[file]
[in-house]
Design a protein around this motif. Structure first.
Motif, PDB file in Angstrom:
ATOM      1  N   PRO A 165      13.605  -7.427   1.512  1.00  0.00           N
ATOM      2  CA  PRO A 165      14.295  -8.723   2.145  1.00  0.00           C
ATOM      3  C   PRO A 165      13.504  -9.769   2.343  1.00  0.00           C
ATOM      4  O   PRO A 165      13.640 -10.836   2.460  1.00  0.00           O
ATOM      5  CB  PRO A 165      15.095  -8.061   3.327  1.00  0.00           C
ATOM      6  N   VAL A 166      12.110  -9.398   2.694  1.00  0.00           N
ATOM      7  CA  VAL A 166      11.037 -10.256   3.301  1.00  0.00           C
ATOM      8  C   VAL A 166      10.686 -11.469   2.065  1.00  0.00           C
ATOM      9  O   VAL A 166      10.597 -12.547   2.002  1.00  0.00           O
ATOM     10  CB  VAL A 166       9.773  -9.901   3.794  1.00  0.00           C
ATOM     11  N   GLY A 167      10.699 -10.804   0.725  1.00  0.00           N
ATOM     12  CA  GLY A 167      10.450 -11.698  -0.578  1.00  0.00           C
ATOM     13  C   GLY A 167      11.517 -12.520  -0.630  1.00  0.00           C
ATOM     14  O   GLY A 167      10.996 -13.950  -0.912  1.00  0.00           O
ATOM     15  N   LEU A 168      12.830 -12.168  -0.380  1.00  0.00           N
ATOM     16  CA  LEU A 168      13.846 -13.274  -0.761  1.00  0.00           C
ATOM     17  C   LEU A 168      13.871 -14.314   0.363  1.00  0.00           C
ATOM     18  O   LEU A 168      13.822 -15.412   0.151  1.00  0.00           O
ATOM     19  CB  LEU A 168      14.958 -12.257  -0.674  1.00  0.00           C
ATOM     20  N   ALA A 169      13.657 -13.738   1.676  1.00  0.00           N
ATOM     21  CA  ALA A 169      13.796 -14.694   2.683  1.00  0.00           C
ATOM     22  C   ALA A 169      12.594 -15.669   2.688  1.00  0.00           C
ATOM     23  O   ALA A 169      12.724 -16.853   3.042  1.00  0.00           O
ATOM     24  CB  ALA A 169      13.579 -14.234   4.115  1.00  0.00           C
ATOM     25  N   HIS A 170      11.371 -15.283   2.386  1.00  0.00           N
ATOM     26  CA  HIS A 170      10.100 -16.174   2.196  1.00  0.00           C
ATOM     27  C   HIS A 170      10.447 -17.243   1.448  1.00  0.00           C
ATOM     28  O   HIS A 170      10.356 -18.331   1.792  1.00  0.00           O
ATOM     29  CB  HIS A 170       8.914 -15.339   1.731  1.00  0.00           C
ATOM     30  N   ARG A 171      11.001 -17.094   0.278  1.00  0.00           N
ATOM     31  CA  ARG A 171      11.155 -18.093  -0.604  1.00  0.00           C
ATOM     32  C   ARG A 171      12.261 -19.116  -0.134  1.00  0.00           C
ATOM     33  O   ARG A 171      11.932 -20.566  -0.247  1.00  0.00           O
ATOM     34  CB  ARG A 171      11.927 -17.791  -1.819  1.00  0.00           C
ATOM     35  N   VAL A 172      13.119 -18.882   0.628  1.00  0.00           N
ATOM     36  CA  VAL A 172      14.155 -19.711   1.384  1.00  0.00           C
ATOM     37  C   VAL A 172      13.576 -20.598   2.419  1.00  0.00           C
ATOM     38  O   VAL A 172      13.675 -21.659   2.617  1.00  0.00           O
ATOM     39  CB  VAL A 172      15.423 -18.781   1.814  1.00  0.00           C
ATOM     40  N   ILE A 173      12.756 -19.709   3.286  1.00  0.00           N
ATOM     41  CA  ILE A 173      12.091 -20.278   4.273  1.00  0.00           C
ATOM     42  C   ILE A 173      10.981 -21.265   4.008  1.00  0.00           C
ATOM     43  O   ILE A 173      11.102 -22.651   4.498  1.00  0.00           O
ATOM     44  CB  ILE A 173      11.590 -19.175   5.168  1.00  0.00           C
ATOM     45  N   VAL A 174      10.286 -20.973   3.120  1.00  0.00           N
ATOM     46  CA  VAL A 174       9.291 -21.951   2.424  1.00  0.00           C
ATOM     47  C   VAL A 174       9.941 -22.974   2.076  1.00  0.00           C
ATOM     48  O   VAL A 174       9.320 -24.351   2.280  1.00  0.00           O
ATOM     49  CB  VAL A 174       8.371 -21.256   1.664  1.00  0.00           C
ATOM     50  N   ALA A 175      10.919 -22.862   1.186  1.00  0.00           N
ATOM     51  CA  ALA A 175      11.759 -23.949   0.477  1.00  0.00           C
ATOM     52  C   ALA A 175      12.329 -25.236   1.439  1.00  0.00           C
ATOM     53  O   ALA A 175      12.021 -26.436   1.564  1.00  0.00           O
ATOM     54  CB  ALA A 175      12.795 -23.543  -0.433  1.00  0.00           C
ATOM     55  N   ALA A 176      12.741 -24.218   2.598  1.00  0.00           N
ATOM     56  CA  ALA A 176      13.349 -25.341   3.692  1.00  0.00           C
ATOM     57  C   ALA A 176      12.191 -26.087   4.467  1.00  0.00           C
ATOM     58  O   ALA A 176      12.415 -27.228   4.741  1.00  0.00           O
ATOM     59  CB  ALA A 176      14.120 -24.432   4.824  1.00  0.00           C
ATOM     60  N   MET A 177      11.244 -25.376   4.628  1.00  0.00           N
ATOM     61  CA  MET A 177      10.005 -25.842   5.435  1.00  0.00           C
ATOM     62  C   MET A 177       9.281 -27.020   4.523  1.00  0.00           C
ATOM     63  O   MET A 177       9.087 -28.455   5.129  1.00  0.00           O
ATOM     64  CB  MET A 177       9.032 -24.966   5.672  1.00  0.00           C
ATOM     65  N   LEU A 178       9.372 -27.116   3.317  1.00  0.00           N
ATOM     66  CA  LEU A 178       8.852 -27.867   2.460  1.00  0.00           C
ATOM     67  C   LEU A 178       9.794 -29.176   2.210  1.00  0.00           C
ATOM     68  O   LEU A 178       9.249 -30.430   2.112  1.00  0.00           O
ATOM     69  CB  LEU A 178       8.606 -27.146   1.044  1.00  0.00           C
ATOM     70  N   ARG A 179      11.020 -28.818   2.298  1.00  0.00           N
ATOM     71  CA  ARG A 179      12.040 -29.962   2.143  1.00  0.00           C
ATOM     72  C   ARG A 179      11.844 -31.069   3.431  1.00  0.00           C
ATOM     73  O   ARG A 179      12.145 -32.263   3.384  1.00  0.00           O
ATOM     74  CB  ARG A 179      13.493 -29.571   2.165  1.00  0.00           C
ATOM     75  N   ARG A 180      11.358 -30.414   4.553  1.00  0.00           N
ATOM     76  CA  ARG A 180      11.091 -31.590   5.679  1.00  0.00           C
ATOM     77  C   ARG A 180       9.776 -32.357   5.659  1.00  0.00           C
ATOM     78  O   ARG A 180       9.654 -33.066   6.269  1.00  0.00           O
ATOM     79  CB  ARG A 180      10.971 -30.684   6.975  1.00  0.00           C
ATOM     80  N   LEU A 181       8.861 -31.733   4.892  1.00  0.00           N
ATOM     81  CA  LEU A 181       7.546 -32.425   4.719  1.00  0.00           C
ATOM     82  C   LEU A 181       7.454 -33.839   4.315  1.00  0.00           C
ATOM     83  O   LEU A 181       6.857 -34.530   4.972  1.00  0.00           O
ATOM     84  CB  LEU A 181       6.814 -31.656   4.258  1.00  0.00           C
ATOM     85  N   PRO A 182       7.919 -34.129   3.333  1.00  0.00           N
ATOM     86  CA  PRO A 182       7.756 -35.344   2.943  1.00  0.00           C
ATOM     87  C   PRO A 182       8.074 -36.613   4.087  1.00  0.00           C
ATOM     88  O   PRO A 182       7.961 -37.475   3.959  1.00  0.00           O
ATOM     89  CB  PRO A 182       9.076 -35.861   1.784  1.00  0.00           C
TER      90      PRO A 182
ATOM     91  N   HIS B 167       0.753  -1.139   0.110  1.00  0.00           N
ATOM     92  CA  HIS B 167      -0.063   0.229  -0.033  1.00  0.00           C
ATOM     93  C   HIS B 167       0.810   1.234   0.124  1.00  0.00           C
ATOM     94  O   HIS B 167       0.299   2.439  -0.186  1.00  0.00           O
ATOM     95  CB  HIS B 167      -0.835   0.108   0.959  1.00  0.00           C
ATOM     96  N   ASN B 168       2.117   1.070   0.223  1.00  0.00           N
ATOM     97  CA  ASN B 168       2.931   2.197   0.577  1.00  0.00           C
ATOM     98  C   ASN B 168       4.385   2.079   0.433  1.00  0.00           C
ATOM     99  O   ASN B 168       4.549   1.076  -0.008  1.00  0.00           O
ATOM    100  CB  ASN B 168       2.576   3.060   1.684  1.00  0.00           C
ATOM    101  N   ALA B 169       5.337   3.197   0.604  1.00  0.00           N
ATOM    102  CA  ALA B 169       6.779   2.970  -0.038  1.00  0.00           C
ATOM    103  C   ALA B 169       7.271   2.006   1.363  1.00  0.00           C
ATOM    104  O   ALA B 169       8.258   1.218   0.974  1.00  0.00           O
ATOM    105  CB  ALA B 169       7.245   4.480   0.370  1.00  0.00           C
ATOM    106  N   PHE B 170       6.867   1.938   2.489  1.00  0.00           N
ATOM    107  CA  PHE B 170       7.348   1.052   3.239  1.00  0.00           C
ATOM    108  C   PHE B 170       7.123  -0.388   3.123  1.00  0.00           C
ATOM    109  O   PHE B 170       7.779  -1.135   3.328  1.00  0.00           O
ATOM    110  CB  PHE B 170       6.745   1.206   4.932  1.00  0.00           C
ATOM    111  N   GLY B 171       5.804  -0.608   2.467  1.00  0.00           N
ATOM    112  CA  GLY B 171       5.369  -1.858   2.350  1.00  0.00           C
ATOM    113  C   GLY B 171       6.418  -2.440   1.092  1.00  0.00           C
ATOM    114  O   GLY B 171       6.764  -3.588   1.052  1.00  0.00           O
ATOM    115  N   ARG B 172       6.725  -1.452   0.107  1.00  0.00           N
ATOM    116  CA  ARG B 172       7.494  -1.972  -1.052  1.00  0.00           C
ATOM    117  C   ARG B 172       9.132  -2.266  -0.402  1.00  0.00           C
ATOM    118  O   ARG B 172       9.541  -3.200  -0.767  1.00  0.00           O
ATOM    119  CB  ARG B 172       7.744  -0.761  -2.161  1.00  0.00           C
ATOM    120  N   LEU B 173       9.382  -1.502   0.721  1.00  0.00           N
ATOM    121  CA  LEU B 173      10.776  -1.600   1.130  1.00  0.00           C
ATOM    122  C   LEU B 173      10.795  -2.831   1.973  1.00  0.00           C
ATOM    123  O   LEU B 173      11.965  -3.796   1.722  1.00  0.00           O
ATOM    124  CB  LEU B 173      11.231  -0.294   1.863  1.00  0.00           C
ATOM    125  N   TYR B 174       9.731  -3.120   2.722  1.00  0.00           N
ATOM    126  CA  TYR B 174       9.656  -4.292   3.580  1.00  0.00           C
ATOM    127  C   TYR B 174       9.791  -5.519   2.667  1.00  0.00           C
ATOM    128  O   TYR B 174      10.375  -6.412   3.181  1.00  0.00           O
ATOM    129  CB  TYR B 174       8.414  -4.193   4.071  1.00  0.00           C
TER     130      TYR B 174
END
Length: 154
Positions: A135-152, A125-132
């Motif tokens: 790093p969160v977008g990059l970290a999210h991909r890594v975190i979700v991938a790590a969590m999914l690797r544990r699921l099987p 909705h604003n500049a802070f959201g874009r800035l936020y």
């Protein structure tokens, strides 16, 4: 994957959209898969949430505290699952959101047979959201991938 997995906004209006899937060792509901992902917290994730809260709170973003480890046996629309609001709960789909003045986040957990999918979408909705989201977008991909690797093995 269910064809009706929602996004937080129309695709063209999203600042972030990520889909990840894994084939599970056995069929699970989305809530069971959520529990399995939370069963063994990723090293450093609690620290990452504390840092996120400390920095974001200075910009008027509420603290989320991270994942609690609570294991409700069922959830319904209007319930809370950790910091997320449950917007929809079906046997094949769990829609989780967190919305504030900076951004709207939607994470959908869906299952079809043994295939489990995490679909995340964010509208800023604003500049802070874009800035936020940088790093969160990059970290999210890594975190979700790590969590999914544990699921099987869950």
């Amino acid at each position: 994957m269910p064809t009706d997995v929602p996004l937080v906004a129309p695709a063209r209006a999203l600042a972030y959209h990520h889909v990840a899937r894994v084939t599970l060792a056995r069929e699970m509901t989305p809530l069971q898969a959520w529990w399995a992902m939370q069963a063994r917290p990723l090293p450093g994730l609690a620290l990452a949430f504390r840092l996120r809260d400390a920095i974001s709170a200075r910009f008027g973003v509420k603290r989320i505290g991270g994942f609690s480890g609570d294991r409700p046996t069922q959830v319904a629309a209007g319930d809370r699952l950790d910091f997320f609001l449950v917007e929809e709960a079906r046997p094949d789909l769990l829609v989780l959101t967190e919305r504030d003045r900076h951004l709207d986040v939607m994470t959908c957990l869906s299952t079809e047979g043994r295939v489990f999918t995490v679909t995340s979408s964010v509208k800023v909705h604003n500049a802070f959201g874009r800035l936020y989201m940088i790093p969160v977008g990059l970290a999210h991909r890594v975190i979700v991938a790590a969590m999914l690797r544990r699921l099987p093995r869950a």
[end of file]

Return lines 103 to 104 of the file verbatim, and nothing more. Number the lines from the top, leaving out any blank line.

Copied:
ATOM    100  CB  ASN B 168       2.576   3.060   1.684  1.00  0.00           C
ATOM    101  N   ALA B 169       5.337   3.197   0.604  1.00  0.00           N